F&F Day 7: Nice Museum; A Little Rain; Some Bro Time
I’ve revised my opinion of Anamosa after visiting the National Motorcycle Museum for 2 1/2 hours this morning. From the outside, the Museum looks like a remodeled K-Mart store (because I think that’s what it is), but once you pass through the front door, a professional, well-stocked, impressive motorcycle museum awaits. I’ve been in bigger motorcycle museums, but this one is as good as any I’ve seen.
I also learned some of the history of the museum, which was the brainchild and pet project of the “J” in J&P Cycles, John Parham, before he died last spring at age 62 following an extended illness. Despite the death of the museum’s founder, president and driving force, the museum will continue under the direction of Parham’s wife and a board of directors committed to its future.
Like many museums, you can spend two hours or two weeks going through it and still miss some of the details and some of the nuances. But that just means you should return to it if you can. I know I will if I’m in the area again.
While there are plenty of Harley-Davidsons in the 450 bike collection, I think nearly every bike ever manufactured is represented at least once. Indians, Excelsiors, Flying Merkels, and scores of other early 20th century bikes are on display, as are many classic European bikes from the 1920s and 1930s. Many of the bikes took me back to my early days of motorcycle cravings: Nortons, Triumphs, and BSAs, as well as the first new bike I every owned, a Honda 350.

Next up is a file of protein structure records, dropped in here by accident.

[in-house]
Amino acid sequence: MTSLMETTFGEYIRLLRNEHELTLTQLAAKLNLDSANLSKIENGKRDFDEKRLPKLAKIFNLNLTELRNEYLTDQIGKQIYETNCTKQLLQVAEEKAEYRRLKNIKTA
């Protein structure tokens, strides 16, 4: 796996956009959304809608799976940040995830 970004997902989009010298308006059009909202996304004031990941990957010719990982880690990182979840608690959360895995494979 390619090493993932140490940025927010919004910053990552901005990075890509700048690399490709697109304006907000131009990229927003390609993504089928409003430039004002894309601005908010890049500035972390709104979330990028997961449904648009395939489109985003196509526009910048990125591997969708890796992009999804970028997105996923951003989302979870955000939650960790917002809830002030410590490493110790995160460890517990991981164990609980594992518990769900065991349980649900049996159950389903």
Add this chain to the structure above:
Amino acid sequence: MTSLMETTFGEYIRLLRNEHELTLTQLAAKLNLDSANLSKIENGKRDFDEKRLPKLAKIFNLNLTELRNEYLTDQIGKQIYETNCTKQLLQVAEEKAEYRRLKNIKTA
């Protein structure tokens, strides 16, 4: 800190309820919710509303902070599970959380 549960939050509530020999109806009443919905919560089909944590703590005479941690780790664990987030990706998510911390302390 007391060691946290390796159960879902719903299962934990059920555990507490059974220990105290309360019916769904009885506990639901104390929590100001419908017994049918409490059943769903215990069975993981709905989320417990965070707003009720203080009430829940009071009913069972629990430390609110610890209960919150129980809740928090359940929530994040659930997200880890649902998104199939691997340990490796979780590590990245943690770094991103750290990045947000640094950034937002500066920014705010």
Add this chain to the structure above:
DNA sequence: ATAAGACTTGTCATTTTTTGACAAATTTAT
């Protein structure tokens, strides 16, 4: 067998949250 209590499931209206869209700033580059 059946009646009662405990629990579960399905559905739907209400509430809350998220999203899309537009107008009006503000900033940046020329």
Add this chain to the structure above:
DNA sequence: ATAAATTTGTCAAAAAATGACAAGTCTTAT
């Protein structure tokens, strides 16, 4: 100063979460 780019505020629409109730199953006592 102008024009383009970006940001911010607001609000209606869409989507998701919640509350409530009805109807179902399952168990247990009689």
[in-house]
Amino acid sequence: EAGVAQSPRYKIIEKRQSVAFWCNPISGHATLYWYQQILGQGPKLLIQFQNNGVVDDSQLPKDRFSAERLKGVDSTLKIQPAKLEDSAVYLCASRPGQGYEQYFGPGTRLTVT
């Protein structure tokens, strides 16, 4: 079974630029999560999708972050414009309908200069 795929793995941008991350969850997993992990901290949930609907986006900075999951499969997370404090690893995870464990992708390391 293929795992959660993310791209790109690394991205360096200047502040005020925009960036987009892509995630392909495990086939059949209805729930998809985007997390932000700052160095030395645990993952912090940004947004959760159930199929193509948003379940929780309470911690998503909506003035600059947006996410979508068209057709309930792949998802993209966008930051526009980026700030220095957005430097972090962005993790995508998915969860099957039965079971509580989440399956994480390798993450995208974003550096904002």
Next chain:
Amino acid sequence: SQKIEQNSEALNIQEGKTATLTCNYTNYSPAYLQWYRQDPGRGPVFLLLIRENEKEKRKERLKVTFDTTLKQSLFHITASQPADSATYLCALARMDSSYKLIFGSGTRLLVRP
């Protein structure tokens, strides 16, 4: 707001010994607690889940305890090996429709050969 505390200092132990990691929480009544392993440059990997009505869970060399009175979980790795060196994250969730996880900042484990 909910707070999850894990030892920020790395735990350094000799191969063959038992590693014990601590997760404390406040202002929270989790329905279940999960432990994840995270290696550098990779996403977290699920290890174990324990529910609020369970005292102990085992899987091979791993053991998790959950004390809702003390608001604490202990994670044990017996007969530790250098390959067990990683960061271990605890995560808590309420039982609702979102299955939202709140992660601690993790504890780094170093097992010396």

In addition to the bikes themselves, the museum displays included old photographs, military motorcycles, dirt track racing, speed records, hill climbing, motorcycle-themed vintage movies (e.g Easy Rider), Evel Kneival, clothing, badges, custom parts, a board track recreation and even an entire shell gas station from the 1930s. In short, the museum visit was easily worth the $10 admission fee. If you’re going through Iowa and you get bored with mile after mile of corn fields, stop by Anamosa for a few hours.
After the museum visit, I had a 340 mile ride, almost all of which occurred on the Interstate or other four-lane highways. Not terribly exciting, but I covered the miles fairly quickly and made it to Lincoln, Nebraska, to spend a few hours with brother Kent and his 9-year old daughter Mary Rose. Scattered rain across Iowa meant an unscheduled stop to suit up and for two hours I rode in and out of rain which rarely lasted more than 10 or 15 minutes but which would have soaked me without the rain gear. As soon as I cleared the last rain shower, the temperature dropped about 15 degrees into the mid-60s and the rain gear stayed on for a little extra warmth.
Today was Father-Daughter day for Kent and Mary Rose, so I joined them at an adventure center that had it all: go-carts, mini-golf; bowling, batting cages, and dozens of games of chance for the kids. They had been there since 10 a.m. and I left them still riding go-carts at 7 p.m. so I could check in at my motel, write a quick blog entry, and get ready for a trip tomorrow to the town where I grew up–Topeka–and then on to Wichita to see brother Jon for a couple days.
So far, the F&F tour is giving me exactly what I wanted.